Wednesday, 30 November 2011
Monday, 28 November 2011
Thursday, 24 November 2011
Sunday, 20 November 2011
I love it when you form an image of an artist in your head based upon their album art, only for you preconceptions to be proved wrong once you take the time to listen to it. Take the debut album of Scottish singer/songwriter Martin John Henry, formerly of De Rosa. The artwork of the album, "The Other Half Of Everything", seems to give the impression of an album of pastoral, King Creosote-eque.
Friday, 18 November 2011
This isn't really a new song, but its eventual UK release is an event that I've waited three long years for.
I first heard Irish electro-rockers Codes when they supported Maps in the Spring & Airbrake back in 2008. Intrigued by their style, I picked up a copy of "This is Goodbye", and fell in love with it immediately, becoming my summer song that year.
The next year, they signed to Sony Ireland and re-recorded the song for inclusion on their debut album "Trees Dream in Algebra". Whilst I still prefered the original version (being the quasi-hipster that I am), the song retained everything that made it special in the first place, with it's 'grey whilstle test approved' hook and the empassioned vocal delivery from Daragh Anderson.
I saw Codes for the second time in 2010, when they played in the Limelight (supported by The Delays, strangely enough). With a stadium support slot with Keane between the two concerts, it was obvious that the band's showmanship had improved dramatically, with the energy of the room increasing tenfold when the group stormed their way through their set. Even more excitingly, I got the opportunity to interview Darragh for Queen's Radio, where we talked about, amongst other things, what the name of their album, "Trees Dream in Algebra", really means.
Fast forward to 2011, and Codes are finally gearing up to release their debut album in the UK. In anticipation of its release, they have made a cracking new video for "This is Goodbye", and have made the track available as a free download for a limited time. With a promotional push and a UK wide tour underway, it is my hope that the track finally gets the attention that it truly deserves.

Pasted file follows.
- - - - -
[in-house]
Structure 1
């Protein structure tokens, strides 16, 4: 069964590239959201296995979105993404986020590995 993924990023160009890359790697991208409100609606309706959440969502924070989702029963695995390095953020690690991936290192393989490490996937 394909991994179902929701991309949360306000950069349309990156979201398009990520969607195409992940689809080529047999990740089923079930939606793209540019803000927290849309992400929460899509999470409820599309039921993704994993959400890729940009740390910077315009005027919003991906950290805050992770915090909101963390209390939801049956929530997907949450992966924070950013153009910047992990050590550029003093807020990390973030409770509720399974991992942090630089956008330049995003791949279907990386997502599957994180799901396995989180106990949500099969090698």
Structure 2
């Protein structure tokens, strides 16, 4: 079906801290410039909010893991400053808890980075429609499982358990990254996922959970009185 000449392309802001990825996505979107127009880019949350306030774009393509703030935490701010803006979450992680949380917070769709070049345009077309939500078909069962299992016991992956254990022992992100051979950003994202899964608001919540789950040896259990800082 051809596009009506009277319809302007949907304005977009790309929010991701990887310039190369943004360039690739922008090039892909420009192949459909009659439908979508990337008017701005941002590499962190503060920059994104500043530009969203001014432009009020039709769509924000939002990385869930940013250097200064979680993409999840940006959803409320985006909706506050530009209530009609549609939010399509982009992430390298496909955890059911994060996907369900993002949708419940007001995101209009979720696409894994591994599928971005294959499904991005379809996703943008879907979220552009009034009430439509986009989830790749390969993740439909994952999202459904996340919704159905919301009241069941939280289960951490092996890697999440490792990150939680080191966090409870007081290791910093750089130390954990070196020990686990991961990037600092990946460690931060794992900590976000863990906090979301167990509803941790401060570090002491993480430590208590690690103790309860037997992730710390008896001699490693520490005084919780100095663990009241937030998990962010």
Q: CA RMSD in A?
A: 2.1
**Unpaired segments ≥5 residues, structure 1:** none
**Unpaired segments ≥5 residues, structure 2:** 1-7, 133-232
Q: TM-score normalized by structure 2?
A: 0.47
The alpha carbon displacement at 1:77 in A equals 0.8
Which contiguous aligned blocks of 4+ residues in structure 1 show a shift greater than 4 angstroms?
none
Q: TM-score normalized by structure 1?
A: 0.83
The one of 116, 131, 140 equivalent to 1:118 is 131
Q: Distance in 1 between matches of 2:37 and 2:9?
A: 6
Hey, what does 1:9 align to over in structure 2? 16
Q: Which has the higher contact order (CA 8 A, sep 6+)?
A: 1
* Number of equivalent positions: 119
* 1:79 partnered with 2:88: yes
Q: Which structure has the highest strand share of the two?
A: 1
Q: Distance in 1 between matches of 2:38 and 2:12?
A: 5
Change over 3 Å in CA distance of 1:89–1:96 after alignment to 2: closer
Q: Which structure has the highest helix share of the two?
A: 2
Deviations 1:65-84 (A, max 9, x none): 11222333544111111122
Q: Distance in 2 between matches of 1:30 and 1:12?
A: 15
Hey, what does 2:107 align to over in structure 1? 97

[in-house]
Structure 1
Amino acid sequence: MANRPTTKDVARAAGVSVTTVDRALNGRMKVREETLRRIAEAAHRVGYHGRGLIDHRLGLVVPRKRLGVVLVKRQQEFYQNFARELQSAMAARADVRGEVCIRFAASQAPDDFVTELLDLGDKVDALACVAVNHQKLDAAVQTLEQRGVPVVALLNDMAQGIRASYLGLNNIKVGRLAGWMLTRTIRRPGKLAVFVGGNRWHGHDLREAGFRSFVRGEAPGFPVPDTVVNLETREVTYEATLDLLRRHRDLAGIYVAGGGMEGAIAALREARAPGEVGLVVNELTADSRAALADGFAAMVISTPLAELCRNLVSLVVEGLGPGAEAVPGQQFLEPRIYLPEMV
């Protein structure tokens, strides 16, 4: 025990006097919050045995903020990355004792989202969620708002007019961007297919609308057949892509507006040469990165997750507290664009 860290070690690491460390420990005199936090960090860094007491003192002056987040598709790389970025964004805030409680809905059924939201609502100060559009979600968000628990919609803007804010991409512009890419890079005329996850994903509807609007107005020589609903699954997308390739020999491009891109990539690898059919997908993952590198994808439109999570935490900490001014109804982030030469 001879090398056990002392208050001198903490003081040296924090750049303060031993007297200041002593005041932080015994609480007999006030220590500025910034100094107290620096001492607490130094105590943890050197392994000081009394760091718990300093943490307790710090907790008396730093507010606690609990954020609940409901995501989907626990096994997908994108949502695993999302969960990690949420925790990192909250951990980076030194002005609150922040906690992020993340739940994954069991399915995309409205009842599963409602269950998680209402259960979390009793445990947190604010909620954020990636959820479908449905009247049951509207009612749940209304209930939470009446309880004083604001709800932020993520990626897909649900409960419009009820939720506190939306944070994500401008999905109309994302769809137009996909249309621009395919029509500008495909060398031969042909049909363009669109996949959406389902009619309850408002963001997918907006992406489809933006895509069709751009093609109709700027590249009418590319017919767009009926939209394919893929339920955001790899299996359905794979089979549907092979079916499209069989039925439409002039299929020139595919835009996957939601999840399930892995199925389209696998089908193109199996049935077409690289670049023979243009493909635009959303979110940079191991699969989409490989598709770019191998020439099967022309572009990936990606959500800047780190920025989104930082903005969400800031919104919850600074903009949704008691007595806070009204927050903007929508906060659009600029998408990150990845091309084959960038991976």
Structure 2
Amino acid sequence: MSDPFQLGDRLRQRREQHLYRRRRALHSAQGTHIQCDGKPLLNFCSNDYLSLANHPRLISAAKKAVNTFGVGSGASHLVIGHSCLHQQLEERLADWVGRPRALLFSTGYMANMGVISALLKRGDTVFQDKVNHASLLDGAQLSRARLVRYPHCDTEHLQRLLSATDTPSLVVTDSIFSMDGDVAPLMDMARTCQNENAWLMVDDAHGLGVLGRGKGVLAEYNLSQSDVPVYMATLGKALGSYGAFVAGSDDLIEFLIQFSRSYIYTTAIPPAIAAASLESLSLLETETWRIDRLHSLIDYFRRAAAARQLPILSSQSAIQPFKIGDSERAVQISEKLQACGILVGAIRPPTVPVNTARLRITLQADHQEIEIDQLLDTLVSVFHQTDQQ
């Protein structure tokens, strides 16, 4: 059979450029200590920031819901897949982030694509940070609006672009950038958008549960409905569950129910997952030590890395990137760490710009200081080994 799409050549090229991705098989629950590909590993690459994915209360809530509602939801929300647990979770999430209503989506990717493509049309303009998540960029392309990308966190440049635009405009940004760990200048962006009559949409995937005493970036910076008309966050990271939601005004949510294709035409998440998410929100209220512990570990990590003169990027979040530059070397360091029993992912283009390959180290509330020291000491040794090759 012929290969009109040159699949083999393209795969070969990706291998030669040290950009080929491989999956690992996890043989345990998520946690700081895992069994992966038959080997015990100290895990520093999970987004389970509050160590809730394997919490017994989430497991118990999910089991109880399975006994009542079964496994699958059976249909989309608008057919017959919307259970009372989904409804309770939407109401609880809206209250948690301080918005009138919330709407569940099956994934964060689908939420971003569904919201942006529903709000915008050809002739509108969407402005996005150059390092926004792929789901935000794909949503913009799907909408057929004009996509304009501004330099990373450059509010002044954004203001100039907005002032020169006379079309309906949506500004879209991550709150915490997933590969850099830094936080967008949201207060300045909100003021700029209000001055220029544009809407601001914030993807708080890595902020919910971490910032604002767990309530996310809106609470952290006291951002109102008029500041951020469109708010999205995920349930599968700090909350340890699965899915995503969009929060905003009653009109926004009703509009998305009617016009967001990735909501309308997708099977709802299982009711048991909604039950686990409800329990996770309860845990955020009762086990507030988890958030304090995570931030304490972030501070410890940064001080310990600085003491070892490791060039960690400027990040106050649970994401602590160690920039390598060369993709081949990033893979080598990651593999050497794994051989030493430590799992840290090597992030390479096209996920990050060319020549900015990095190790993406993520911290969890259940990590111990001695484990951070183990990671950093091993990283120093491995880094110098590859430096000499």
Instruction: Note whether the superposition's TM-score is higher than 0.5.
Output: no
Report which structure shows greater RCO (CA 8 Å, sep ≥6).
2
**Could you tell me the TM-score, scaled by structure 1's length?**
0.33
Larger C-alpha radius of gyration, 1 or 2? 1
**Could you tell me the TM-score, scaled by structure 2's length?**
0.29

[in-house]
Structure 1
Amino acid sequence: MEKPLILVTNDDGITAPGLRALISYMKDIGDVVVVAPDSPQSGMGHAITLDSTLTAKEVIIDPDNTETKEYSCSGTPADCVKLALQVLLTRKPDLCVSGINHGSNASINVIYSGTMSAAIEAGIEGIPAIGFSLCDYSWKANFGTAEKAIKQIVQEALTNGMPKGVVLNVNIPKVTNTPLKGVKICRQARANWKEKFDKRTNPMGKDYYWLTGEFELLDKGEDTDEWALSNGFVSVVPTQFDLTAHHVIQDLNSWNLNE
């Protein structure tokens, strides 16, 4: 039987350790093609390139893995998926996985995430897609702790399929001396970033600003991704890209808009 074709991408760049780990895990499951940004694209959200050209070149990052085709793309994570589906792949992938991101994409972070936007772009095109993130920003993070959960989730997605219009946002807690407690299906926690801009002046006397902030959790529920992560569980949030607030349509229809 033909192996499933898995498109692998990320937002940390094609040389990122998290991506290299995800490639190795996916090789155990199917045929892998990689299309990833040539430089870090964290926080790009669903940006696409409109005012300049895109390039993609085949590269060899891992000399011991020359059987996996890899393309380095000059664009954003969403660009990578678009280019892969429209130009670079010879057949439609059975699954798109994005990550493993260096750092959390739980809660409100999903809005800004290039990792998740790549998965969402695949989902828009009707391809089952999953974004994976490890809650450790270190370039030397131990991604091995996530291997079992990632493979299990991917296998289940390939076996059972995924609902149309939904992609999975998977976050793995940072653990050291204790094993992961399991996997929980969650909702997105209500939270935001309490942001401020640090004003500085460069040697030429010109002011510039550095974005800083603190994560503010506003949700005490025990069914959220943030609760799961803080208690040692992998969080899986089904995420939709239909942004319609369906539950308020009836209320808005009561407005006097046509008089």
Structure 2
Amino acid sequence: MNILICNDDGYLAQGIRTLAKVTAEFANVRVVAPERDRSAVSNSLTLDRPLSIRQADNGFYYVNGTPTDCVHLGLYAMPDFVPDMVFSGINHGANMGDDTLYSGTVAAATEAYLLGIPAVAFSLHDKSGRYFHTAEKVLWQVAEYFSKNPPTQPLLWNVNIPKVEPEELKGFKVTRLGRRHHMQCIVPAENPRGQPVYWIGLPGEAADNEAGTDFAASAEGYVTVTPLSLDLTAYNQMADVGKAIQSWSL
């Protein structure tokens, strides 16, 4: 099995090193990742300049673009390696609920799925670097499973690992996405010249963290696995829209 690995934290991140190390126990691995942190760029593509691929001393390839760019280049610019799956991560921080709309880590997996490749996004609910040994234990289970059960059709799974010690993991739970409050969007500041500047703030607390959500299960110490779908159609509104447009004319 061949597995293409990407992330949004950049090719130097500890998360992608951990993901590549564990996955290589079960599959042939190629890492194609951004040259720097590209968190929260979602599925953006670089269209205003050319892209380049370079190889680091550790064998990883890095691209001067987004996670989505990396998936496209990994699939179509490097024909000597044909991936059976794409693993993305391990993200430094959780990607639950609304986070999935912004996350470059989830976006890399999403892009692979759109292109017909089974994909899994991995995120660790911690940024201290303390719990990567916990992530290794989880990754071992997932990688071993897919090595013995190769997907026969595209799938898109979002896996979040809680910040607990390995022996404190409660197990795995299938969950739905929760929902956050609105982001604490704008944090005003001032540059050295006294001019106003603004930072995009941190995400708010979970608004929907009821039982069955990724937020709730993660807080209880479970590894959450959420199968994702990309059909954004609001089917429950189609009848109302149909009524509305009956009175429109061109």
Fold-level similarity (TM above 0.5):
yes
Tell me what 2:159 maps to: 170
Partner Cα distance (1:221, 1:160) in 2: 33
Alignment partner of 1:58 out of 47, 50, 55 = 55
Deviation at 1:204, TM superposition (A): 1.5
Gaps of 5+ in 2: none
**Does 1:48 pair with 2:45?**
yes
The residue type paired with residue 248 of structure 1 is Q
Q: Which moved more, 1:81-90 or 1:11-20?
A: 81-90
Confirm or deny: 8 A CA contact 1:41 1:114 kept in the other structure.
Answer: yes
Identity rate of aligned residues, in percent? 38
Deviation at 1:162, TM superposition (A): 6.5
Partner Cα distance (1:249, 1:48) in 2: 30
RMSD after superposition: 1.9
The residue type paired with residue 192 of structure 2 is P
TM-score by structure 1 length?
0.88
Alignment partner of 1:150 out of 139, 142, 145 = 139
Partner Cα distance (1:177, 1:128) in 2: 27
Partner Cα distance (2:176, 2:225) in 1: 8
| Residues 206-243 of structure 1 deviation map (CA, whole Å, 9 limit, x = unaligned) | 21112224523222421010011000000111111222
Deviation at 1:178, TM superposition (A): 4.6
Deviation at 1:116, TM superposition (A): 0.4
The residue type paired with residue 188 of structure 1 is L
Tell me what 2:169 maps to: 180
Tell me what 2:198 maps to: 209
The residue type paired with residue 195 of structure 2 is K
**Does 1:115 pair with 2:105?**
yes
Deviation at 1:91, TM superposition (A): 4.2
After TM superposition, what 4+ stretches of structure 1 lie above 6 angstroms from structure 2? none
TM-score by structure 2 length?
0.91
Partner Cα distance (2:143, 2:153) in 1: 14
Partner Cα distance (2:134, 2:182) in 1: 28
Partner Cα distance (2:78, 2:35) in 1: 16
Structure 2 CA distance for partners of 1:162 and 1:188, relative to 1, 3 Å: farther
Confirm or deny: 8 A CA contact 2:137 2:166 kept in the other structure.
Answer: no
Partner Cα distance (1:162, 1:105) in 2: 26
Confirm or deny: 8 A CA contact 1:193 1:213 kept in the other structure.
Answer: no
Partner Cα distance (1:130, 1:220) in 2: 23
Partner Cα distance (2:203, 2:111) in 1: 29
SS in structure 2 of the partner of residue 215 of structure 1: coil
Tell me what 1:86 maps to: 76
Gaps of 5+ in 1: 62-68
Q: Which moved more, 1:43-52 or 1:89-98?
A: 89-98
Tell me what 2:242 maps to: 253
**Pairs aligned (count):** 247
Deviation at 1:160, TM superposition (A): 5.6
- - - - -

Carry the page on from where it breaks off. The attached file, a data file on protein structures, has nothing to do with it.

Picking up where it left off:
This is Goodbye by Codes
With their song "One Day", Australian band Regurgitator have quite possibly recorded the most upbeat song about death ever. The polished pop-rock production offers an interesting juxstaposition with the lyrics, which talk about "feeding the tree" and being "dragged under the ground" without fear or trepidation.
"One Day" is taken from Regurgitator's 7th album "SuperHappyFunTimeFriends", and is available to download for free.
One Day by Regurgitator
Thursday, 17 November 2011
Wednesday, 16 November 2011
Photograph of The Spyro is © Emmi Kahkonen
Tuesday, 15 November 2011
Did somebody say chamber-disco?
*No, I have not just gone onto Wikipedia and found the name of the first classical composer that came up in order to hide my ignorance of the genre. That would just be silly.
Thursday, 10 November 2011
Tuesday, 8 November 2011
The song isn't perfect - the recording sounds a little rough around the edges and the mixing of the backing vocals seems a little off, but as an introduction to the crazy, sugar-coated indie-pop world of TeamABC, it a charming little ditty.
"Tornado" is available now as a free download.
Of all the countries that I would expect to find Americana-indebted rock, then Sweden would probably be the last place I'd think of.* But then again, it's not often you come across an artist like Magnus Hansson, aka Maybe Canada.
"Hometown", which is available as a free download, is a gorgeous piece of well produced folksy-rock, with powerful world-weary vocals that seem to have been shaped by years on the road.
*Okay, perhaps Eritrea or the Central Africal Republic, although that's largely because I didn't realise they were countries until yesterday
Monday, 7 November 2011
As I've noted on numerous occasions, I am a massive fan of Britpop inspired artists, which is probably why I have such a soft spot for Belfast based quartet Echo Raptors.
Their track "Plastic People", which is available as a free download, is an expansive, psychedelic production, reminiscent of The Verve or Kula Shaker at their most introverted.
"Neuzeit" by I Heart Sharks is taken from their album "Summer", which is out now on AdP Records.
Sunday, 6 November 2011